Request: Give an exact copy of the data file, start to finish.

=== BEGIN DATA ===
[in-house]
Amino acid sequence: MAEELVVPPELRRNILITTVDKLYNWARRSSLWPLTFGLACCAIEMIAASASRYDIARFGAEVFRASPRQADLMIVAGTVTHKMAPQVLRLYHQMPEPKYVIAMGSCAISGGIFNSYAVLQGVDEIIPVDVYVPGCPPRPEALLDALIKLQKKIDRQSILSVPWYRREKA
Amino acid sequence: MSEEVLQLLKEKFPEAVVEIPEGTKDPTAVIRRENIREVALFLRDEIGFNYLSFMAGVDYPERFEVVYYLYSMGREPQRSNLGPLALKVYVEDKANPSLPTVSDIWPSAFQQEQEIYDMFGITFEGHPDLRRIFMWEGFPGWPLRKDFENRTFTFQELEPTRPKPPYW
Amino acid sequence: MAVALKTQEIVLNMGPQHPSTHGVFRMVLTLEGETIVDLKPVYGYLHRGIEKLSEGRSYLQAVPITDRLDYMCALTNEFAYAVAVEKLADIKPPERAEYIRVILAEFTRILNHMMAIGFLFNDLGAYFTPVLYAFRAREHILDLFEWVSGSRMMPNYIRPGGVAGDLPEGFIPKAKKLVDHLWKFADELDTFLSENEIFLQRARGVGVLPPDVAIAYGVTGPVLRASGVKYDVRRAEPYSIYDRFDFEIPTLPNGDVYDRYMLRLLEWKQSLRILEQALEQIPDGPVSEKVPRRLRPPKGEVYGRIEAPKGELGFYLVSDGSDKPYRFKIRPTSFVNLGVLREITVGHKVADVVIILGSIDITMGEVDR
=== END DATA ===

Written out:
[in-house]
Amino acid sequence: MAEELVVPPELRRNILITTVDKLYNWARRSSLWPLTFGLACCAIEMIAASASRYDIARFGAEVFRASPRQADLMIVAGTVTHKMAPQVLRLYHQMPEPKYVIAMGSCAISGGIFNSYAVLQGVDEIIPVDVYVPGCPPRPEALLDALIKLQKKIDRQSILSVPWYRREKA
Amino acid sequence: MSEEVLQLLKEKFPEAVVEIPEGTKDPTAVIRRENIREVALFLRDEIGFNYLSFMAGVDYPERFEVVYYLYSMGREPQRSNLGPLALKVYVEDKANPSLPTVSDIWPSAFQQEQEIYDMFGITFEGHPDLRRIFMWEGFPGWPLRKDFENRTFTFQELEPTRPKPPYW
Amino acid sequence: MAVALKTQEIVLNMGPQHPSTHGVFRMVLTLEGETIVDLKPVYGYLHRGIEKLSEGRSYLQAVPITDRLDYMCALTNEFAYAVAVEKLADIKPPERAEYIRVILAEFTRILNHMMAIGFLFNDLGAYFTPVLYAFRAREHILDLFEWVSGSRMMPNYIRPGGVAGDLPEGFIPKAKKLVDHLWKFADELDTFLSENEIFLQRARGVGVLPPDVAIAYGVTGPVLRASGVKYDVRRAEPYSIYDRFDFEIPTLPNGDVYDRYMLRLLEWKQSLRILEQALEQIPDGPVSEKVPRRLRPPKGEVYGRIEAPKGELGFYLVSDGSDKPYRFKIRPTSFVNLGVLREITVGHKVADVVIILGSIDITMGEVDR